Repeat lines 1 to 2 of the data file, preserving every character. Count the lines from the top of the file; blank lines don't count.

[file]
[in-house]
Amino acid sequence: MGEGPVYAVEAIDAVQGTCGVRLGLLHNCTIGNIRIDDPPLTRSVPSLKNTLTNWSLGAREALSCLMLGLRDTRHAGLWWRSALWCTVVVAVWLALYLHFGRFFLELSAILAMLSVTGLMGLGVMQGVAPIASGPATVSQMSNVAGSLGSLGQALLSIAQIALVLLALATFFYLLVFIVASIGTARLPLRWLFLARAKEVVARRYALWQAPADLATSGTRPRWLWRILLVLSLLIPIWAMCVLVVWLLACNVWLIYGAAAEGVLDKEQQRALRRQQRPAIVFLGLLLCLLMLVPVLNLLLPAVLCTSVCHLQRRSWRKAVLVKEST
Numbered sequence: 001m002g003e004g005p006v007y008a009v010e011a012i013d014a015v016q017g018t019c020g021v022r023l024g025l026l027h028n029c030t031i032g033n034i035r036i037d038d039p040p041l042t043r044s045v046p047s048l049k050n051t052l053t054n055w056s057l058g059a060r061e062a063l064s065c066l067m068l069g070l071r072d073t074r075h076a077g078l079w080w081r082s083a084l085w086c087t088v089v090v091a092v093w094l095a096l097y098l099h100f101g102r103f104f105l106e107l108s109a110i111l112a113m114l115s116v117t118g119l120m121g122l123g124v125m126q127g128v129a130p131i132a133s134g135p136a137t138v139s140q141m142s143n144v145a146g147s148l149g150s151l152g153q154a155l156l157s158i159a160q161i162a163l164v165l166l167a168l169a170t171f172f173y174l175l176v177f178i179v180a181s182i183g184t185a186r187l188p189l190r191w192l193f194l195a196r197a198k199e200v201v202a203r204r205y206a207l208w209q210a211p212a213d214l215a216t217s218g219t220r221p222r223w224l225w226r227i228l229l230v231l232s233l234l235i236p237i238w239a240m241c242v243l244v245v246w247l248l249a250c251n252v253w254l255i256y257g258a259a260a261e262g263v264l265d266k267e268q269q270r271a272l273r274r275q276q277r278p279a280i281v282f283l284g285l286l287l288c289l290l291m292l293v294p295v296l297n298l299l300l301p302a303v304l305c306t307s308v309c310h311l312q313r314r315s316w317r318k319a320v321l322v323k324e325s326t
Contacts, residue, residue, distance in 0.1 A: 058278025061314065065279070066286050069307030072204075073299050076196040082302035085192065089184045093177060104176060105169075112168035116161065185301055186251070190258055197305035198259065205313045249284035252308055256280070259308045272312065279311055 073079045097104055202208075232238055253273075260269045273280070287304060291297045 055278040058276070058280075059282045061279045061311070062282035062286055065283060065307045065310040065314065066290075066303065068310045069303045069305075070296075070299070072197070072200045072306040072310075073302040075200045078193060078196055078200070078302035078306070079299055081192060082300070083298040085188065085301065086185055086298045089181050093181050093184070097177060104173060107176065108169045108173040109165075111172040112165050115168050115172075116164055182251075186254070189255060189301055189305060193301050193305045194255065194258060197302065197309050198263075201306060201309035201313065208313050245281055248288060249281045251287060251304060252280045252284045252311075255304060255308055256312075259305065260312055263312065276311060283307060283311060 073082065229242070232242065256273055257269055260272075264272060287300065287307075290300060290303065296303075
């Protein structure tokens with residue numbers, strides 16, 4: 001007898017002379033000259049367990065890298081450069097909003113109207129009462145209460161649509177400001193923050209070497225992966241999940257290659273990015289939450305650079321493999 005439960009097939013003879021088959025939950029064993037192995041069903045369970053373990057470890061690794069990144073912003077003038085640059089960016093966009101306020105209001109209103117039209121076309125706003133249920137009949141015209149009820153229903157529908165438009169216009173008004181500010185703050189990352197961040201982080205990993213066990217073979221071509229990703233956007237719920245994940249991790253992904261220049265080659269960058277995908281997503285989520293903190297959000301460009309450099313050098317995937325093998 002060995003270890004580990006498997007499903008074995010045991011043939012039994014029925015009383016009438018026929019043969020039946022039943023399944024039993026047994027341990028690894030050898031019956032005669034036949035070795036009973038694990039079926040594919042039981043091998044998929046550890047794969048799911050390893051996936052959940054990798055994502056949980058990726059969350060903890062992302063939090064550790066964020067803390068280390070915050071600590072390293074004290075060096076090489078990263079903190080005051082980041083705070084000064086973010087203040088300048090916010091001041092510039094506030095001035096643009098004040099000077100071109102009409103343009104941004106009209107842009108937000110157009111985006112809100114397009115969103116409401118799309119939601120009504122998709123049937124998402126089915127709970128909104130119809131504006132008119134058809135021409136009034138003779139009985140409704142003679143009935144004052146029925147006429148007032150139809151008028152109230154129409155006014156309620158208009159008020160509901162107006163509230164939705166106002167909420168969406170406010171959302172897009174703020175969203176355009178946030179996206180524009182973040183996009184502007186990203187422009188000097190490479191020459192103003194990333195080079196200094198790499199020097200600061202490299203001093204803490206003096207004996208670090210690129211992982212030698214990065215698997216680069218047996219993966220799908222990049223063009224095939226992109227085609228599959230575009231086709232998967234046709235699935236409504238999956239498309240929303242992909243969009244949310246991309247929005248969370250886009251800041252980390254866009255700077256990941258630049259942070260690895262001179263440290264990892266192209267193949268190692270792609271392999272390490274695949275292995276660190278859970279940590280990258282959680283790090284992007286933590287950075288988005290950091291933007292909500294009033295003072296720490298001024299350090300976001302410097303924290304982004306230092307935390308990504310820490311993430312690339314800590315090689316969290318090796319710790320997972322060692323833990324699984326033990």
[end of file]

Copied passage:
[in-house]
Amino acid sequence: MGEGPVYAVEAIDAVQGTCGVRLGLLHNCTIGNIRIDDPPLTRSVPSLKNTLTNWSLGAREALSCLMLGLRDTRHAGLWWRSALWCTVVVAVWLALYLHFGRFFLELSAILAMLSVTGLMGLGVMQGVAPIASGPATVSQMSNVAGSLGSLGQALLSIAQIALVLLALATFFYLLVFIVASIGTARLPLRWLFLARAKEVVARRYALWQAPADLATSGTRPRWLWRILLVLSLLIPIWAMCVLVVWLLACNVWLIYGAAAEGVLDKEQQRALRRQQRPAIVFLGLLLCLLMLVPVLNLLLPAVLCTSVCHLQRRSWRKAVLVKEST